Cloud-based IT systems fulfill important functions in almost every modern industry. Companies, non-profits, governments, and even educational institutions use the cloud to expand market reach, analyze performance, manage human resources and offer improved services. Naturally, effective cloud security governance is essential for any entity that wants to reap the benefits of distributed IT.
Like every IT domain, cloud computing has unique security concerns. Although the very idea of keeping data safe in the cloud has long been considered an impossible contradiction, widespread industry practices reveal numerous techniques that deliver effective cloud security. As commercial cloud providers like Amazon AWS have demonstrated by maintaining FedRAMP compliance, effective cloud security is both achievable and practical in the real world.
Charting an Impactful Security Roadmap
No IT security project can function without a solid plan. Practices that involve the cloud must vary in accordance with the domains and implementations they seek to protect.
For instance, suppose a local government agency institutes a bring your own device, or BYOD, policy. It may have to enact different oversight controls than it would if it simply barred its employees from accessing the organizational network using their personal smartphones, laptops and tablets. Likewise, a company that wants to make its data more accessible to authorized users by storing it in the cloud will probably need to take different steps to monitor access than it would if it maintained its own databases and physical servers.
This isn’t to say, as some have suggested, that successfully keeping the cloud safe is any less probable than maintaining security on a private LAN. Experience has shown that the efficacy of different cloud security measures depends on how well they adhere to certain proven methodologies. For cloud products and services that employ government data and assets, these best practices are defined as part of the Federal Risk and Authorization Management Program, or FedRAMP.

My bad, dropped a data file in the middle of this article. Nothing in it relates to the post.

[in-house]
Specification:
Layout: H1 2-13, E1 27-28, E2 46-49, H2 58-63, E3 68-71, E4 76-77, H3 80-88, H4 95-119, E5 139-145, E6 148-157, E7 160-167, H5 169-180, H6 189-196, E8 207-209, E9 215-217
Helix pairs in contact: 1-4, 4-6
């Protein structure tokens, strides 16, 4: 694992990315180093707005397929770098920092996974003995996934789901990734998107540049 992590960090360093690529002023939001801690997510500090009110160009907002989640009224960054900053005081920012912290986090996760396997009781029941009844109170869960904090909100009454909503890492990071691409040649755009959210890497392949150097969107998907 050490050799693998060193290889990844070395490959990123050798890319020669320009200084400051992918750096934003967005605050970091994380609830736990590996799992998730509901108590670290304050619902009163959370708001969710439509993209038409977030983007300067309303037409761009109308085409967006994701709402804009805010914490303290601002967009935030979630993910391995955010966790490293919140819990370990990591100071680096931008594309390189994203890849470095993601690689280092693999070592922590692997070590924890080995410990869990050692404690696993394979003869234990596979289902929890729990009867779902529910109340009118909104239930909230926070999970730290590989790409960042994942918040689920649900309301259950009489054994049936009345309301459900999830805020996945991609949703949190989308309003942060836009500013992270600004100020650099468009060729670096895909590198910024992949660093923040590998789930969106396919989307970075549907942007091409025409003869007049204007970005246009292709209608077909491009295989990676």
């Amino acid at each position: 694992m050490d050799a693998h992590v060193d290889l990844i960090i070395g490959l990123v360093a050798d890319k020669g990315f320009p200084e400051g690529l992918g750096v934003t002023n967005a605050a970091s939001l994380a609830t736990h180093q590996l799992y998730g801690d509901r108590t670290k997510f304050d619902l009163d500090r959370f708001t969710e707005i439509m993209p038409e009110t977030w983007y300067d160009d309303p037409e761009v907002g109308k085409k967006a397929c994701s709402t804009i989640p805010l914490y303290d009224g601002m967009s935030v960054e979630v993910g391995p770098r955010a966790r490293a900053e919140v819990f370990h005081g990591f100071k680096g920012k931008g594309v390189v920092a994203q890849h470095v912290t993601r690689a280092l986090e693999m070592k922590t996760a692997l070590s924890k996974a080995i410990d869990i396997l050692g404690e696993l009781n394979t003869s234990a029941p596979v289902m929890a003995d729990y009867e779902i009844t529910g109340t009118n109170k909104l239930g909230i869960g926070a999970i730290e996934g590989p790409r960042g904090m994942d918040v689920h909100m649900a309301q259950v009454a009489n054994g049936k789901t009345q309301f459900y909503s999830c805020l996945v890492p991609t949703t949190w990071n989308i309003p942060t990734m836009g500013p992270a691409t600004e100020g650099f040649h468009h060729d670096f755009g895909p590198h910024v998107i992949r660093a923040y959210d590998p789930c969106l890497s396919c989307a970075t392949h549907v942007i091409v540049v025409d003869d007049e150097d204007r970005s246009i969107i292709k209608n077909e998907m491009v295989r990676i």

What Is the Federal Risk and Authorization Management Program?
The Federal Risk and Authorization Management Program is an official process that federal agencies employ to judge the efficacy of cloud computing services and products. At its heart lie standards defined by the National Institute for Standards and Technology, or NIST, in various Special Publication, or SP, and Federal Information Processing Standard, or FIPS, documents. These standards focus on effective cloud-based protection.
The program provides guidelines for many common cloud security tasks. These include properly handling incidents, using forensic techniques to investigate breaches, planning contingencies to maintain resource availability and managing risks. The program also includes accreditation protocols for the Third Party Accreditation Organizations, or 3PAOs, that assess cloud implementations on a case-by-case basis. Maintaining 3PAO-certified compliance is a sure sign that an IT integrator or provider is prepared to keep information safe in the cloud.
Effective Security Practices
So just how do companies keep data safe with commercial cloud providers? While there are countless important techniques, a few are worthy of mention here:
Strong working relationships are built on trust, but that good faith must originate somewhere. No matter how well-established a cloud provider is, it’s important that users authenticate their compliance and governance practices.
Government IT security standards typically incorporate auditing and scoring strategies. Checking up on your cloud provider’s past performance is a good way to discover whether they’re worthy of your future business. Individuals who hold .gov and .mil email addresses can also access FedRAMP Security Packages associated with different providers to corroborate their compliance claims.